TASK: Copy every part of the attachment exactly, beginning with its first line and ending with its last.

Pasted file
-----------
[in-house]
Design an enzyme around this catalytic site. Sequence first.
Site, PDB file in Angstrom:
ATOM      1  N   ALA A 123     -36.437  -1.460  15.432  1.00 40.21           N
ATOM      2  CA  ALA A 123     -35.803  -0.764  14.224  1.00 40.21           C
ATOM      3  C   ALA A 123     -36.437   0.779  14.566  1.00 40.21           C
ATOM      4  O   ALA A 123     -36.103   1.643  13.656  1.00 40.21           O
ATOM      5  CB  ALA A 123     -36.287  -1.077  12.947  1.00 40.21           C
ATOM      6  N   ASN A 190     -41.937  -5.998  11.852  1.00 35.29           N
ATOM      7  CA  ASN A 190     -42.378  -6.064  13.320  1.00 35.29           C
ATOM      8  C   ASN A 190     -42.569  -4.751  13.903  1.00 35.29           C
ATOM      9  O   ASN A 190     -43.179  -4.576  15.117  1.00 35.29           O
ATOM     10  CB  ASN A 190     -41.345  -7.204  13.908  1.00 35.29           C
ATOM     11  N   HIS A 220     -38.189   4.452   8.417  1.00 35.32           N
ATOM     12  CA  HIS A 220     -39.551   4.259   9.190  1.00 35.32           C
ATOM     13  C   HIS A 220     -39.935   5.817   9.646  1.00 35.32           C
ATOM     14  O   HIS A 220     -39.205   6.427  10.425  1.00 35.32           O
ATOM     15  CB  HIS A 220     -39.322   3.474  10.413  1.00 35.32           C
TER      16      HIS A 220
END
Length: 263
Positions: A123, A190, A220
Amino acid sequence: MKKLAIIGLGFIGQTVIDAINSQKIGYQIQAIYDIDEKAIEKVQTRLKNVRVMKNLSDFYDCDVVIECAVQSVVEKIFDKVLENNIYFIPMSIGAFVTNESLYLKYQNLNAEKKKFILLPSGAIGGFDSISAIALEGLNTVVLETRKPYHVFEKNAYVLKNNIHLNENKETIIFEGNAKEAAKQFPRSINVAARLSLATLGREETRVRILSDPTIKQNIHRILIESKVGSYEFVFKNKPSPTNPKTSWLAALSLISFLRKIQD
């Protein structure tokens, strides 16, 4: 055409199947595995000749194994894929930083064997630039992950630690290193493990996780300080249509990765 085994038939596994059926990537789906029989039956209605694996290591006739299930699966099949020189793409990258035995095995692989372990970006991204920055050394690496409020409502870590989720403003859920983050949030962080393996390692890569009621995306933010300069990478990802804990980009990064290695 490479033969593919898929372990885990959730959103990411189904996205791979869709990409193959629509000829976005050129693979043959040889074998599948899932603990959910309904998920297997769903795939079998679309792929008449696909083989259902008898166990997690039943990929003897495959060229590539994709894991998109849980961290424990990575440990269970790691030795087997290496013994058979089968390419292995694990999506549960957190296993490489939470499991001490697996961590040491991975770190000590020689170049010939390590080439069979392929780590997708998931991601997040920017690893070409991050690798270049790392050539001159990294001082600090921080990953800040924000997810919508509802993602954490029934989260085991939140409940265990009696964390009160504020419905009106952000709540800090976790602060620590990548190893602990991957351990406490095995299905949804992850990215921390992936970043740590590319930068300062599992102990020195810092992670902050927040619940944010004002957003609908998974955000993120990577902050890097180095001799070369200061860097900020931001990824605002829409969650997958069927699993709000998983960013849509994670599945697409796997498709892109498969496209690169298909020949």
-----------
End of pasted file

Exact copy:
[in-house]
Design an enzyme around this catalytic site. Sequence first.
Site, PDB file in Angstrom:
ATOM      1  N   ALA A 123     -36.437  -1.460  15.432  1.00 40.21           N
ATOM      2  CA  ALA A 123     -35.803  -0.764  14.224  1.00 40.21           C
ATOM      3  C   ALA A 123     -36.437   0.779  14.566  1.00 40.21           C
ATOM      4  O   ALA A 123     -36.103   1.643  13.656  1.00 40.21           O
ATOM      5  CB  ALA A 123     -36.287  -1.077  12.947  1.00 40.21           C
ATOM      6  N   ASN A 190     -41.937  -5.998  11.852  1.00 35.29           N
ATOM      7  CA  ASN A 190     -42.378  -6.064  13.320  1.00 35.29           C
ATOM      8  C   ASN A 190     -42.569  -4.751  13.903  1.00 35.29           C
ATOM      9  O   ASN A 190     -43.179  -4.576  15.117  1.00 35.29           O
ATOM     10  CB  ASN A 190     -41.345  -7.204  13.908  1.00 35.29           C
ATOM     11  N   HIS A 220     -38.189   4.452   8.417  1.00 35.32           N
ATOM     12  CA  HIS A 220     -39.551   4.259   9.190  1.00 35.32           C
ATOM     13  C   HIS A 220     -39.935   5.817   9.646  1.00 35.32           C
ATOM     14  O   HIS A 220     -39.205   6.427  10.425  1.00 35.32           O
ATOM     15  CB  HIS A 220     -39.322   3.474  10.413  1.00 35.32           C
TER      16      HIS A 220
END
Length: 263
Positions: A123, A190, A220
Amino acid sequence: MKKLAIIGLGFIGQTVIDAINSQKIGYQIQAIYDIDEKAIEKVQTRLKNVRVMKNLSDFYDCDVVIECAVQSVVEKIFDKVLENNIYFIPMSIGAFVTNESLYLKYQNLNAEKKKFILLPSGAIGGFDSISAIALEGLNTVVLETRKPYHVFEKNAYVLKNNIHLNENKETIIFEGNAKEAAKQFPRSINVAARLSLATLGREETRVRILSDPTIKQNIHRILIESKVGSYEFVFKNKPSPTNPKTSWLAALSLISFLRKIQD
């Protein structure tokens, strides 16, 4: 055409199947595995000749194994894929930083064997630039992950630690290193493990996780300080249509990765 085994038939596994059926990537789906029989039956209605694996290591006739299930699966099949020189793409990258035995095995692989372990970006991204920055050394690496409020409502870590989720403003859920983050949030962080393996390692890569009621995306933010300069990478990802804990980009990064290695 490479033969593919898929372990885990959730959103990411189904996205791979869709990409193959629509000829976005050129693979043959040889074998599948899932603990959910309904998920297997769903795939079998679309792929008449696909083989259902008898166990997690039943990929003897495959060229590539994709894991998109849980961290424990990575440990269970790691030795087997290496013994058979089968390419292995694990999506549960957190296993490489939470499991001490697996961590040491991975770190000590020689170049010939390590080439069979392929780590997708998931991601997040920017690893070409991050690798270049790392050539001159990294001082600090921080990953800040924000997810919508509802993602954490029934989260085991939140409940265990009696964390009160504020419905009106952000709540800090976790602060620590990548190893602990991957351990406490095995299905949804992850990215921390992936970043740590590319930068300062599992102990020195810092992670902050927040619940944010004002957003609908998974955000993120990577902050890097180095001799070369200061860097900020931001990824605002829409969650997958069927699993709000998983960013849509994670599945697409796997498709892109498969496209690169298909020949």